The Rise in Sustainable Cities and Communities

Kristine A. Schaan, MA, NHA, CPG

Sustainable cities and communities are characterized by an intentional design with consideration of the social, economic and environmental impact. While definitions vary, experts generally agree a sustainable city meets the needs of the present without sacrificing the ability of future generations to meet their own needs and thus, sustainable.

The United Nations Development Goal – Sustainable Cities and Communities (No. 11) – presents the following target: By 2030, provide universal access to safe, inclusive and accessible, green and public spaces, in particular for women and children, older persons and persons with disabilities.

An Aging and Changing Globe

The need for a goal addressing sustainable communities reflects a world that is both aging and changing. This is the first time in the history of mankind that the majority of the global population lives in an urban setting. By 2050, estimates report up to 70% of the global population will live in urban areas. Additionally, we are entering unprecedented times with respect to aging. The world has never before experienced such a large and growing aging population. This growth in aging is attributed to two factors.

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First, we have experienced significant gains in life expectancy. Prior to the 1900s during the pre industrialized world, average life expectancy is best estimated to be 30 years across all major regions of the world. Present day the average life expectancy across the world is 71.5 years.

Second, fertility rates have fallen dramatically. In the mid 1960s the average woman had more than five children. Present day the average woman has fewer than two and a half children. Developed regions in particular represent some of the lowest fertility rates across the globe. As an example, the lowest fertility rate of 1.6 is found in Europe.

Cycling for Sustainability

I started my journey at Cycling Without Age Singapore first as a volunteer. I remember when initially introduced to the program, I was impressed by the design of the electric trishaw, also known as an E-trishaw. Volunteer pilots use manual pedaling as the primary source of power while relying on an electric throttle as-needed. The motor assist encompasses a rechargeable battery that locks into place near the pilot seat while the trishaw is being used.

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The electric motor assist is a simple yet powerful technological innovation offering a range of benefits. First, it enables a wider range of volunteer pilots to support Cycling Without Age. The motor assist allows the pilot to engage the throttle for extra assistance when manual pedaling gets too difficult. Second, the motor assist function provides pilots with increased stamina so they can focus their energy on conversations with the passengers. Third, the rechargeable battery deploys a sustainable and eco-friendly energy source and is deployed as a secondary source of energy. Slow-cycling is a guiding principle of Cycling Without Age and thus, we encourage manual pedaling to be the primary source of powering the trishaw. Our volunteers are trained to use the power assist function when manpower alone is not enough .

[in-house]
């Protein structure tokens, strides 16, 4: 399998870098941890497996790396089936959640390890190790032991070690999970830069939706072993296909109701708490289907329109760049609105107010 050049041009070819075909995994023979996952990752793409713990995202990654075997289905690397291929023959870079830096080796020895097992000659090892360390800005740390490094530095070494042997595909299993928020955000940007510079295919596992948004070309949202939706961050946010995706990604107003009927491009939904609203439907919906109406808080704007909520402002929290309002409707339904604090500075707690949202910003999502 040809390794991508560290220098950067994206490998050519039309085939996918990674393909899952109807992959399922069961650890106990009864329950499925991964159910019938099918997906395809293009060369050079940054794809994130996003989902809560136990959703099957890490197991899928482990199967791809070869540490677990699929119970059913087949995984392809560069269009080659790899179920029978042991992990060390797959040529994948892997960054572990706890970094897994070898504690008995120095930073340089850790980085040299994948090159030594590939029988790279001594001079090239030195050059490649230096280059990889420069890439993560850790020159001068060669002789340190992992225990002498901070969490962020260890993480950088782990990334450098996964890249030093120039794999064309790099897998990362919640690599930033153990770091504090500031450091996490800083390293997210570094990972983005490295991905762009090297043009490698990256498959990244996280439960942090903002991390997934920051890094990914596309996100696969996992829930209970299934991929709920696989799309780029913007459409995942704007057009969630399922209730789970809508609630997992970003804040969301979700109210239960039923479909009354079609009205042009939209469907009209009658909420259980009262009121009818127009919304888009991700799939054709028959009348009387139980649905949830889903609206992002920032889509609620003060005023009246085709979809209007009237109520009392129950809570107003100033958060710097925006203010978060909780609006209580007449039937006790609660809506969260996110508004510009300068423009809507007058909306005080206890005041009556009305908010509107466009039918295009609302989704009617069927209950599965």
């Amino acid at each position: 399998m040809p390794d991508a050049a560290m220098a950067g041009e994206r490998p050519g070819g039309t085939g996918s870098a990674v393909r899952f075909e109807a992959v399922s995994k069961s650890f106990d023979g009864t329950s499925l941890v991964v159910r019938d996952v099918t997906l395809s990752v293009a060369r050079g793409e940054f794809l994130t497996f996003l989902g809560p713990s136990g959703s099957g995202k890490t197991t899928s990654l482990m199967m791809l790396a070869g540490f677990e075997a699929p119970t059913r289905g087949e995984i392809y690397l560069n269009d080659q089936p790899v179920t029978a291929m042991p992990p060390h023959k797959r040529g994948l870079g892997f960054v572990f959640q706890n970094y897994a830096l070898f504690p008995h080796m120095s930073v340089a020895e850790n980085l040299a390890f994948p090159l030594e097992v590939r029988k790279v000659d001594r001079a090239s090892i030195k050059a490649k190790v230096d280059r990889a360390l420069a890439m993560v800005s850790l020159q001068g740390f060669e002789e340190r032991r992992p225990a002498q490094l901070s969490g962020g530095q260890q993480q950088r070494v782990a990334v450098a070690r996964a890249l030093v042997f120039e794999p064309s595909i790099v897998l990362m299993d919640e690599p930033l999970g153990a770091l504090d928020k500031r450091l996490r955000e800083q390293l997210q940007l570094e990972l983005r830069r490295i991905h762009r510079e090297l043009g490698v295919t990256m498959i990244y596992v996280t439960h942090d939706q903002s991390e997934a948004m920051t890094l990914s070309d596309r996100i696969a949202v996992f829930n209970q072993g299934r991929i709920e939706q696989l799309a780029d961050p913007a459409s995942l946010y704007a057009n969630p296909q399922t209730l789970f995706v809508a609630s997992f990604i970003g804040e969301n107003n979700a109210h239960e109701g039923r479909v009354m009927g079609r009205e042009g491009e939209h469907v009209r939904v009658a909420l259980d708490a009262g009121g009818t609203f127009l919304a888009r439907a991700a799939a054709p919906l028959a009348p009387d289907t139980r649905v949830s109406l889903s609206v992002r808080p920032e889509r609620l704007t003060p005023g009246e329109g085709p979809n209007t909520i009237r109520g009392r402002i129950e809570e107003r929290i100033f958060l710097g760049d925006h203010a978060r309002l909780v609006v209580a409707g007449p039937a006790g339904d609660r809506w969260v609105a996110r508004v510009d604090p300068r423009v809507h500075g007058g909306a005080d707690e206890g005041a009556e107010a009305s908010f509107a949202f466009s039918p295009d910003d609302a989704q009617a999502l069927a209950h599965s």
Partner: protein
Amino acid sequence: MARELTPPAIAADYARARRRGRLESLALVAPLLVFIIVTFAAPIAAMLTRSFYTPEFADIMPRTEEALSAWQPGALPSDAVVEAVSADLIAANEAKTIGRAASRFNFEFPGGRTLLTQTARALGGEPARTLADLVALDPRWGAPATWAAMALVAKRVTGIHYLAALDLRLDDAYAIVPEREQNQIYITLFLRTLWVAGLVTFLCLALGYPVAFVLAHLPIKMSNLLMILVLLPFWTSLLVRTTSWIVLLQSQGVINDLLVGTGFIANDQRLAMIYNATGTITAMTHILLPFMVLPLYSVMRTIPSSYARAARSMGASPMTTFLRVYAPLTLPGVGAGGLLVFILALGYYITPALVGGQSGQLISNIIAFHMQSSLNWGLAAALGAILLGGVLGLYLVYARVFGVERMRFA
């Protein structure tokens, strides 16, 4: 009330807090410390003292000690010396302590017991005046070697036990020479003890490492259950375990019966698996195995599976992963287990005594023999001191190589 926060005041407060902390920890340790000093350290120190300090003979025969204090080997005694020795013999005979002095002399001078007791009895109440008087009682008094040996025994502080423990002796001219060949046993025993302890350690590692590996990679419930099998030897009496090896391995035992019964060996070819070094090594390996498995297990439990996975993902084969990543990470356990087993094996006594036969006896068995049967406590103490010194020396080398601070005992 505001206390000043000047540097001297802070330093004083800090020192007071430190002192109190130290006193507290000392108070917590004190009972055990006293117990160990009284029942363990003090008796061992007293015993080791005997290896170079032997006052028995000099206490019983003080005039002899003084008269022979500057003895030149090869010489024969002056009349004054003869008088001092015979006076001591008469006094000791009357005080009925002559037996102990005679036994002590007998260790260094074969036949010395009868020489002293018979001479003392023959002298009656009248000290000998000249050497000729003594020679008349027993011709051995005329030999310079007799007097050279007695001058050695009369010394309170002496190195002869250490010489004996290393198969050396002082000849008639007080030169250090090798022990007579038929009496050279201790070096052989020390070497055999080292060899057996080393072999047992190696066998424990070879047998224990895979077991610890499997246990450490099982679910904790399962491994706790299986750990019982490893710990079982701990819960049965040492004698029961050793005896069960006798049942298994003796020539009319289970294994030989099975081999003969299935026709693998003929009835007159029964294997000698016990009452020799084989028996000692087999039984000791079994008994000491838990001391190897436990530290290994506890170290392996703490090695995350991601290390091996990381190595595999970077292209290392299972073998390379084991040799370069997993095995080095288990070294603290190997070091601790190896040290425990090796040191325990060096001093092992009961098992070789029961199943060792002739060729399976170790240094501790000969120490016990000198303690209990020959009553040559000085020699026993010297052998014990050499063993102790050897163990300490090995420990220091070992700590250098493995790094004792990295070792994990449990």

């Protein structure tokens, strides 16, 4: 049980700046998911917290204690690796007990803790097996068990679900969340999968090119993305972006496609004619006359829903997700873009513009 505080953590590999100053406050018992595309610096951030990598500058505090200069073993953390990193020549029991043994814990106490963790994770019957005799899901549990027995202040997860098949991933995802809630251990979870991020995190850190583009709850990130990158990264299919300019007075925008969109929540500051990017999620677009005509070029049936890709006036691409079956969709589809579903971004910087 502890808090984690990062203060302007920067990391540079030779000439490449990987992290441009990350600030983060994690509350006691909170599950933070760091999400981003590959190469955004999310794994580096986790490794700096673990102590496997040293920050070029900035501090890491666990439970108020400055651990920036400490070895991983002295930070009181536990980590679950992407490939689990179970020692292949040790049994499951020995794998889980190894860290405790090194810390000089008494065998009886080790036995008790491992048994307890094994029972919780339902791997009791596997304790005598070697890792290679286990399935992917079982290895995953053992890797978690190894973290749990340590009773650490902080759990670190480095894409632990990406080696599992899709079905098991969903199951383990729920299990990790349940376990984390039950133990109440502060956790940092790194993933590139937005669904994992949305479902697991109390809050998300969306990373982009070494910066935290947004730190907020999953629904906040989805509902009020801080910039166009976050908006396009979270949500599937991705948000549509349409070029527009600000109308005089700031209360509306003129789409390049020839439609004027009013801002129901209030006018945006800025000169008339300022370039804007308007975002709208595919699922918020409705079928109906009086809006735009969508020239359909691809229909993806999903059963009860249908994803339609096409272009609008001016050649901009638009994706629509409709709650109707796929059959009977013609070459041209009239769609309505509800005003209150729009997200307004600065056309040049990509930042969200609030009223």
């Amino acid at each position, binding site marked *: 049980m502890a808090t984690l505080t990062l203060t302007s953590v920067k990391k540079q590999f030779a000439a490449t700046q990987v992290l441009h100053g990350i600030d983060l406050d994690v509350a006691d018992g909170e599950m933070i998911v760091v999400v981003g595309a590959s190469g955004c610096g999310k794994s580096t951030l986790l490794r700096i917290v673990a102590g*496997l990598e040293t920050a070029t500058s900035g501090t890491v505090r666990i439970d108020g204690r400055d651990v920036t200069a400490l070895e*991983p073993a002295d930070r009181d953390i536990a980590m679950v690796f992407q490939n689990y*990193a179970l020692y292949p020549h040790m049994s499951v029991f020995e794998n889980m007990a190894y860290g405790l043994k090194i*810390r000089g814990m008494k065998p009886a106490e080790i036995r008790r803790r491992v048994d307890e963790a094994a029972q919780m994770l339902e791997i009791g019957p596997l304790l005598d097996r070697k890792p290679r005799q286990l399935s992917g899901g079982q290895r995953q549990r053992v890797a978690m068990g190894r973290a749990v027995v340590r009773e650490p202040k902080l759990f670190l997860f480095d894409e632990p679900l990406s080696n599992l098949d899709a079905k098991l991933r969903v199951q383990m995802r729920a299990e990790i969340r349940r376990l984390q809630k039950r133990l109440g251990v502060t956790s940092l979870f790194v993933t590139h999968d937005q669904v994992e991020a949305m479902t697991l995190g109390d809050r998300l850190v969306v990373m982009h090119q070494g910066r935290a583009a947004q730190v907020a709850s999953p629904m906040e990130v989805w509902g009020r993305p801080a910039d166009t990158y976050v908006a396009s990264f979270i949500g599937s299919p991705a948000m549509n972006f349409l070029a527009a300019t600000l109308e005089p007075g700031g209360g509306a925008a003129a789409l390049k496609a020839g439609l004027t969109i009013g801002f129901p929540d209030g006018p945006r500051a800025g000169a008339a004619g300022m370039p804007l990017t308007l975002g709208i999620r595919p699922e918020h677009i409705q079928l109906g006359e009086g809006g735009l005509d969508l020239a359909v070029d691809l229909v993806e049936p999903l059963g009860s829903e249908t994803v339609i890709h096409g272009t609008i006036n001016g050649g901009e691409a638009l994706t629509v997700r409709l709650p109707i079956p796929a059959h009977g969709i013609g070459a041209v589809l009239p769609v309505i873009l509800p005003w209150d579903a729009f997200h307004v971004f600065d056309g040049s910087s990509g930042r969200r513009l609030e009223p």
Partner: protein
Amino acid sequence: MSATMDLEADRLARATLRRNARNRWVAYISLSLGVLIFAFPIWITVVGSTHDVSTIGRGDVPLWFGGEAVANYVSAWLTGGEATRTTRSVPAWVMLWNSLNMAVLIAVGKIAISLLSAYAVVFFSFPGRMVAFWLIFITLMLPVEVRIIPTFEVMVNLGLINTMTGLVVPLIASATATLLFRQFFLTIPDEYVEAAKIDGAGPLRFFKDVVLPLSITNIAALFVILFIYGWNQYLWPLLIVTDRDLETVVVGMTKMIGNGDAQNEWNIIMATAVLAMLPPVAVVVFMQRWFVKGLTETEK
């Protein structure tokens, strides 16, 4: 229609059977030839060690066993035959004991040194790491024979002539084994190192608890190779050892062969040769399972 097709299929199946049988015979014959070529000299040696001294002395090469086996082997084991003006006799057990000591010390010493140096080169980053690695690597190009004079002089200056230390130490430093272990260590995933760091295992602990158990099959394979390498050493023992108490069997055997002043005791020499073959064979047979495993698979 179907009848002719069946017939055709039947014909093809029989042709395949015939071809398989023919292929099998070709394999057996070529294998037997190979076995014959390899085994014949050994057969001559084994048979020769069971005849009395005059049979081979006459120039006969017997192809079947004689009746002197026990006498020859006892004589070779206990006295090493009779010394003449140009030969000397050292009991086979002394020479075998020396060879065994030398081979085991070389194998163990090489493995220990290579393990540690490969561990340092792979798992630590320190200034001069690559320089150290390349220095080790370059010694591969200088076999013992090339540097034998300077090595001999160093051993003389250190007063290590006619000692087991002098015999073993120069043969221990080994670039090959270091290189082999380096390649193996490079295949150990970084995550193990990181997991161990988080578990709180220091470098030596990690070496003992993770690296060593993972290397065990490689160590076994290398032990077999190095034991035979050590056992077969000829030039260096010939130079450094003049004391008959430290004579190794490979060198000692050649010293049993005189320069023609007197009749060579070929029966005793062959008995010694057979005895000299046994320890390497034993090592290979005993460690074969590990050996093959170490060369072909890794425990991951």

Last and most importantly, cycling creates an activity that can be enjoyed and integrated into the community parks and green spaces. This allows greater neighborhood access than engine powered trishaws which are limited exclusively to city roads. By encouraging slow cycling in natural environments conducive to relationship building, Cycling Without Age provides a low-cost and sustainable means for a range of generations to enjoy their community.

Community on Wheels

The impact of Cycling Without Age Singapore towards sustainable cities and communities has been tremendous. Within the last ten months we have reached nearly 8,000 seniors and passengers with limited mobility — giving them the experience of a trishaw ride throughout the Singapore parks and park connectors. In addition, seniors report a 17.4% increase in social connectedness and community connection.

The United Nations has also set forth the following target within this development goal (no.11): Strengthen efforts to protect and safeguard the world’s cultural and natural heritage. Through our efforts under the Moving Generations program we have linked over 400 youth pilots to these seniors while also collecting hundreds of stories. The cycling sessions help preserve the cultural heritage of Singapore by providing seniors a venue to share their life experiences and stories to younger generations.

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“It gives me a chance to interact with the generation that built Singapore.” -Youth Pilot, CWA Singapore

“It’s never a dull moment volunteering with CWA. The seniors have so many colorful stories to tell.” -Youth Pilot, CWA Singapore

Cycling Without Age offers a unique value proposition in its ability to incorporate isolated seniors in the community while deploying sustainable means. Moreover, this is done by facilitating a platform in which intergenerational relationships can develop and grow. This generativity exchange embodies our guiding principle, without age. A trishaw ride is essentially community building on wheels, at the intersection of sustainability.


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About our partner: CWA Singapore has been engaged with Steward Redqueen  throughout the past several months, serving as our industry expert. Steward Redqueen is a specialized consultancy that works across the globe advising organizations on impact and sustainability. Their vision is to make business work for society with a focus on integrating sustainability, quantifying impact, and facilitating change.

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